When governments choose to use Creative Commons licenses to preserve and share cultural knowledge, like Indigenous languages, it illustrates how our licenses can help create a more accessible and equitable world.
Recently, CC India’s Global Network Representative (GNC) Subhashish Panigrahi brought to our attention that the Indian state of Odisha licensed 21 dictionaries—in all 21 Indigenous languages that are spoken in the province—under CC BY. This opens them up for adaptation, distribution, and remixing by anyone.
Global Voices underlined the particular significance of this announcement in a tweet, posting: “India is home to over 780 languages and approximately 220-250 languages have died over the last 50 years.”
The Indian state of Odisha publishes online dictionaries in 21 indigenous languages https://t.co/MCZ6NkLuDG India is home to over 780 languages and approximately 220-250 languages have died over the last 50 years. pic.twitter.com/zx1t8ROA1a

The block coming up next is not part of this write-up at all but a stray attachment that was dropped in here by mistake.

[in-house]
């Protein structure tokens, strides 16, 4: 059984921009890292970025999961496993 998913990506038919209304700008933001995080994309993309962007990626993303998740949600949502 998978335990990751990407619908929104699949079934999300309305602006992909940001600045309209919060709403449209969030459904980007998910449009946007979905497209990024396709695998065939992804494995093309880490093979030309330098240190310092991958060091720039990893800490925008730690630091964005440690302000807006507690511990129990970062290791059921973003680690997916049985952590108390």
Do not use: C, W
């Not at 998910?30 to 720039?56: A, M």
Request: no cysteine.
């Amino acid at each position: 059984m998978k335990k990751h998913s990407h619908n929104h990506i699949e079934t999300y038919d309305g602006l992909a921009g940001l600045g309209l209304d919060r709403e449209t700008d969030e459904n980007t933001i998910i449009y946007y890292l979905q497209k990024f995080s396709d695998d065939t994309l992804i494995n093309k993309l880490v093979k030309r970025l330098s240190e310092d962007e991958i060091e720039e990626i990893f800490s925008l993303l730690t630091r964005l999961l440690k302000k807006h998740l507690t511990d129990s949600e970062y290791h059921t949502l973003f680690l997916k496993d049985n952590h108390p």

— Global Voices (@globalvoices) October 24, 2019
We couldn’t be happier to see CC licenses being used to facilitate translation projects and sharing that could ultimately help protect Indigenous languages, knowledge, and culture. We hope that other governments and policy makers around the world will take heed and similarly make valuable content and tools like these dictionaries openly available to the public.
If you work with a government or institution that needs consultation on how to use CC licenses, please email us at firstname.lastname@example.org.
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